I woke up and swung my legs over to the side of the bed like I usually do.
I always sit there for a second to get my wits about me before I get up. What usually follows is a morning full of getting ready for the days activities.
Today though? Pain.
Pain right in the heel, shooting across the bottom of my foot.
As the morning wore on, it slowly lessened, to the point where I could barely notice it. So – I figured it was just a fluke.
At work though, it came back with a vengeance after I had been sitting at my desk for awhile. So, I decided to do some detective work.
- Sharp heel pain
- I’m a runner
- I’m in my 40s
All signs pointed to plantar fasciitis.
Plantar Fasciitis (heel spur syndrome) is a common problem among people who are active. It starts as a dull intermittent pain in the heel which may progress to a sharp persistent pain.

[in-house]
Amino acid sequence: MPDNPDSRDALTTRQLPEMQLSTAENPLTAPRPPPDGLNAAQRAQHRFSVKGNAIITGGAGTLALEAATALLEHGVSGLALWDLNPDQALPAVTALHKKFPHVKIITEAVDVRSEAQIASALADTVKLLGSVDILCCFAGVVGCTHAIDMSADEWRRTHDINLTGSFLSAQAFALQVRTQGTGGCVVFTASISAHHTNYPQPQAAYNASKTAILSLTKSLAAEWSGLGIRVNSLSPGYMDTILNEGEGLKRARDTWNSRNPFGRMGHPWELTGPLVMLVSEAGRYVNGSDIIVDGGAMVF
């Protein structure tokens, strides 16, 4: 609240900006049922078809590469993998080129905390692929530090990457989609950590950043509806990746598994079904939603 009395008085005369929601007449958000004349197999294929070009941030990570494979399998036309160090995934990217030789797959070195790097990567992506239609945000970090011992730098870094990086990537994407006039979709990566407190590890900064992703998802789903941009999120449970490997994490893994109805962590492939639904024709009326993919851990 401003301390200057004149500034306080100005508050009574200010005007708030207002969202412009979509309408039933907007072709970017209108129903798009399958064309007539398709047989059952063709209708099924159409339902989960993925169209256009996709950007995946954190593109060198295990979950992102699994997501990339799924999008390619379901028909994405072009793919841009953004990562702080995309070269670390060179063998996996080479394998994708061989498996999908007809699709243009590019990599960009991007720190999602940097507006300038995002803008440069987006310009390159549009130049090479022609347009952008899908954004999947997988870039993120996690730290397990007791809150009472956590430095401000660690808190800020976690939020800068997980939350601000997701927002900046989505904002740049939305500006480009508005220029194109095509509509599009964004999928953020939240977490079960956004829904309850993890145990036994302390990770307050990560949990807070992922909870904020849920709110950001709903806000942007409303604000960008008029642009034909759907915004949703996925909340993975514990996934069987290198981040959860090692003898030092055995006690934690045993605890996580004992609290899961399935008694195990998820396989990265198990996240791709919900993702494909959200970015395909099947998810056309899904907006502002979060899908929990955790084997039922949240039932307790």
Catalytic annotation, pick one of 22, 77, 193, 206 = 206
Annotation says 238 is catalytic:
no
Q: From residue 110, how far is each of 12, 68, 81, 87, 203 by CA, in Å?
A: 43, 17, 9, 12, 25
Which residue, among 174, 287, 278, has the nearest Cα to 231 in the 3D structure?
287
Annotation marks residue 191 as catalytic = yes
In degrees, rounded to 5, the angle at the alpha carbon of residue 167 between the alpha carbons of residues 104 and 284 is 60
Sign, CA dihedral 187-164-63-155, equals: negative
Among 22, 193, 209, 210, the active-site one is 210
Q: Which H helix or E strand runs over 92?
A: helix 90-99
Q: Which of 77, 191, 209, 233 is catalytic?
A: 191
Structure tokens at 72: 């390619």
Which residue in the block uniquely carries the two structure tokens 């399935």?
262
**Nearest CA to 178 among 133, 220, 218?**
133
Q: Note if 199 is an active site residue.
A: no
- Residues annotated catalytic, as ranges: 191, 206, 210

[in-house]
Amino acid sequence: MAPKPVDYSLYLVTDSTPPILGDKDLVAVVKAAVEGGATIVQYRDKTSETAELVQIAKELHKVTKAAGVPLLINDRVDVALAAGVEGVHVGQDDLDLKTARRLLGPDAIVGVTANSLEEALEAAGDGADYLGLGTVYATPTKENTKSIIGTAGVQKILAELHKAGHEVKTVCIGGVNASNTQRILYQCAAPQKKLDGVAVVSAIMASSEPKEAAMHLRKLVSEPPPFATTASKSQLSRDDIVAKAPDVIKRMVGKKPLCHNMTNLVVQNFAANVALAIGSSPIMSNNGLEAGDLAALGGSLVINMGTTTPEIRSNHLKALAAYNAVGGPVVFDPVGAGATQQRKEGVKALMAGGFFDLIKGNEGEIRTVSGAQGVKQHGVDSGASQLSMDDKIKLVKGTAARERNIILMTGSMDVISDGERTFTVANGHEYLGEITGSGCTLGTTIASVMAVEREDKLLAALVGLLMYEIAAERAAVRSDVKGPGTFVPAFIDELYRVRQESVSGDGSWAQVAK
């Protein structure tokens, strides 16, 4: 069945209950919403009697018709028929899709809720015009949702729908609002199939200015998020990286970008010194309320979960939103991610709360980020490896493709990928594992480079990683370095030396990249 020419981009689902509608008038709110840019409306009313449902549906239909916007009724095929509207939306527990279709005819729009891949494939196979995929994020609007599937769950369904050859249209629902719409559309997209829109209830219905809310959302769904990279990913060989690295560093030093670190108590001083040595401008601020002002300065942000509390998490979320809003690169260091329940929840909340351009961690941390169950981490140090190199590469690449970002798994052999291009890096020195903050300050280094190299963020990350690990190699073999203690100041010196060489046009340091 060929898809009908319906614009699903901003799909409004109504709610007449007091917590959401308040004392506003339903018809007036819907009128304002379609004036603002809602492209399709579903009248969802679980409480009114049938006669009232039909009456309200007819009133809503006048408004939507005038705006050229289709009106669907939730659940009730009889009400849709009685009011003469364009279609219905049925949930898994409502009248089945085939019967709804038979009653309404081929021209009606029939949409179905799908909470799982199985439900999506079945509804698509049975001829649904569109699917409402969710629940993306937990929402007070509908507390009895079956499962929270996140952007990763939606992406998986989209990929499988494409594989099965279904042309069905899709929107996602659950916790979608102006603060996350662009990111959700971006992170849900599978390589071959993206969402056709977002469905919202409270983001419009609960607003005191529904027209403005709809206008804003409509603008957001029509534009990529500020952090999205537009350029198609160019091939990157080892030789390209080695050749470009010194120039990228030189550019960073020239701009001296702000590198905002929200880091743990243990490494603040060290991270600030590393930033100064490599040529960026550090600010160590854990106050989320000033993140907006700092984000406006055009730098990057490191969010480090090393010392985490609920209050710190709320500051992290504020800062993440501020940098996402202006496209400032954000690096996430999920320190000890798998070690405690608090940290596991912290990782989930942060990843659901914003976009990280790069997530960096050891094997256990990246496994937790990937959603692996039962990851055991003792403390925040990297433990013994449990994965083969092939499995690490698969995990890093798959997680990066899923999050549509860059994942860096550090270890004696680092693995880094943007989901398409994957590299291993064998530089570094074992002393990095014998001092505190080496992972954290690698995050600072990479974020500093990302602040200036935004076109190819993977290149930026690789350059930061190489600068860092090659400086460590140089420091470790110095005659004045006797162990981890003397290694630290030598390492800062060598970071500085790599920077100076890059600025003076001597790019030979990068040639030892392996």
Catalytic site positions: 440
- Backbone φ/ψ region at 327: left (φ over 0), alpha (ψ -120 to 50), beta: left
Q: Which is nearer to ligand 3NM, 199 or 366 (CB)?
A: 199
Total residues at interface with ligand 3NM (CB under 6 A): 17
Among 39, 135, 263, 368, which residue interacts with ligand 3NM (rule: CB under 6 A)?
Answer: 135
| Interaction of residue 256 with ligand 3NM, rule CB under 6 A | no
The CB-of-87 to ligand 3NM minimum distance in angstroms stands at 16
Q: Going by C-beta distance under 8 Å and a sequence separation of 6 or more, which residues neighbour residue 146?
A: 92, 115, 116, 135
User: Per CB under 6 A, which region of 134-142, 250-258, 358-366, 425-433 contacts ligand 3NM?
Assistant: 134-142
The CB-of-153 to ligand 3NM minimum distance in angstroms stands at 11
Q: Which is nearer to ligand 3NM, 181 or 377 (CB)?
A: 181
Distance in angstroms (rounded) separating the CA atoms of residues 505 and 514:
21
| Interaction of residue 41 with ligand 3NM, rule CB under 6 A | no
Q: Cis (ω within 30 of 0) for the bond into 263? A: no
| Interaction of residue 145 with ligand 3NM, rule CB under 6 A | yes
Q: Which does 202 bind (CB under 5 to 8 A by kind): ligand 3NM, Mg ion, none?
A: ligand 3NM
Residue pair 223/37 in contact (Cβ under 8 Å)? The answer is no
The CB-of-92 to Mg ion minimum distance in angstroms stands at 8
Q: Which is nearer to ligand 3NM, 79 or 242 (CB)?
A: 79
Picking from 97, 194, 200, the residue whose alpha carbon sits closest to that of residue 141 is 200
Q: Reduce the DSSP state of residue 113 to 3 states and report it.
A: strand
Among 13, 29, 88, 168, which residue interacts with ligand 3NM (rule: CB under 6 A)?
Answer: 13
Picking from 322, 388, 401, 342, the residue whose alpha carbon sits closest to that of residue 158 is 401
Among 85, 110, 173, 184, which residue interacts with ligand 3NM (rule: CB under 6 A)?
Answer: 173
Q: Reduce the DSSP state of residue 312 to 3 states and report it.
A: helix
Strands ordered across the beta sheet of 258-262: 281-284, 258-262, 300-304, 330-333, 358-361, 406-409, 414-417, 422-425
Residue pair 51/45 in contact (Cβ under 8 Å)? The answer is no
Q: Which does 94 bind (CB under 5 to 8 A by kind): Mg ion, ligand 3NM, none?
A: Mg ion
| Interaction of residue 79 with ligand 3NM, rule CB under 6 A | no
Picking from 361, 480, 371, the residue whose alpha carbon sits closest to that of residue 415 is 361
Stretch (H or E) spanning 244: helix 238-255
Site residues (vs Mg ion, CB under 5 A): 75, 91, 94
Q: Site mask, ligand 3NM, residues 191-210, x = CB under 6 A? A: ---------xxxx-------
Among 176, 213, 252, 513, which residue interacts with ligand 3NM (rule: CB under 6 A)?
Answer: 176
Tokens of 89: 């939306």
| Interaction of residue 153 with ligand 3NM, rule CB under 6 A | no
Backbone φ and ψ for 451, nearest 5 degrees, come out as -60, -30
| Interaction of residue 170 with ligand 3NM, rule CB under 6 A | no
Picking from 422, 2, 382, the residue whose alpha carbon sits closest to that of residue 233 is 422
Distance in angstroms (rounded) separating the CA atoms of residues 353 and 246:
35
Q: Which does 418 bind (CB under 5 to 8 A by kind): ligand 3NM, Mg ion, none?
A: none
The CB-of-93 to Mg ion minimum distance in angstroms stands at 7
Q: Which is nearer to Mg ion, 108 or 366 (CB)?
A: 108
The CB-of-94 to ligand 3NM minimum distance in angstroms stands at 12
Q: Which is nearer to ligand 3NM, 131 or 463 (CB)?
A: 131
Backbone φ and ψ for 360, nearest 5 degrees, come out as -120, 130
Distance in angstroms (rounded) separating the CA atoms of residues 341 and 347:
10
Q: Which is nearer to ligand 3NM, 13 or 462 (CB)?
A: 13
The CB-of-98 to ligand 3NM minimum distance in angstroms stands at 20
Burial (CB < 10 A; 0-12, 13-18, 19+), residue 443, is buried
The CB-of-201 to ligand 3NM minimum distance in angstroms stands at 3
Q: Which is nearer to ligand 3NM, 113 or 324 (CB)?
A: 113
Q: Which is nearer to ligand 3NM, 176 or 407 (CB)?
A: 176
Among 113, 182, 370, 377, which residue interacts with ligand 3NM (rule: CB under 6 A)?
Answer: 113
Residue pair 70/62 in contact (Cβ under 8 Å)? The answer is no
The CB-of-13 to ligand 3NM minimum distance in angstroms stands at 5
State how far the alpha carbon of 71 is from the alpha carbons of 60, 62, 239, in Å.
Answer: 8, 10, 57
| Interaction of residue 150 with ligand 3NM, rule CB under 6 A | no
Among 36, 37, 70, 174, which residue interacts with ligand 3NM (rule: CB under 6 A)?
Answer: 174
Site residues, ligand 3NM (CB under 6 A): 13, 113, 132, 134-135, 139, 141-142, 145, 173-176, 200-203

Classically, it is worse in the morning, with the first few steps, after sitting, after standing, or walking. The plantar fascia is the thick fibrous ligament on the bottom of the foot. It is attached to the heel bone (calcaneus), fans forward toward the toes, and acts like a bowstring to help maintain the arch of the foot.
A problem may occur when part of this inflexible fascia is repeatedly placed under tension.
Tension causes and overload that produces an inflammation, usually at the point where the fascia is attached to the heel bone.
The result is pain.
Sign up below. I’m dedicated to lessening this pain in myself and hopefully along the way, I can toss you a few tips and tricks that you can use yourself.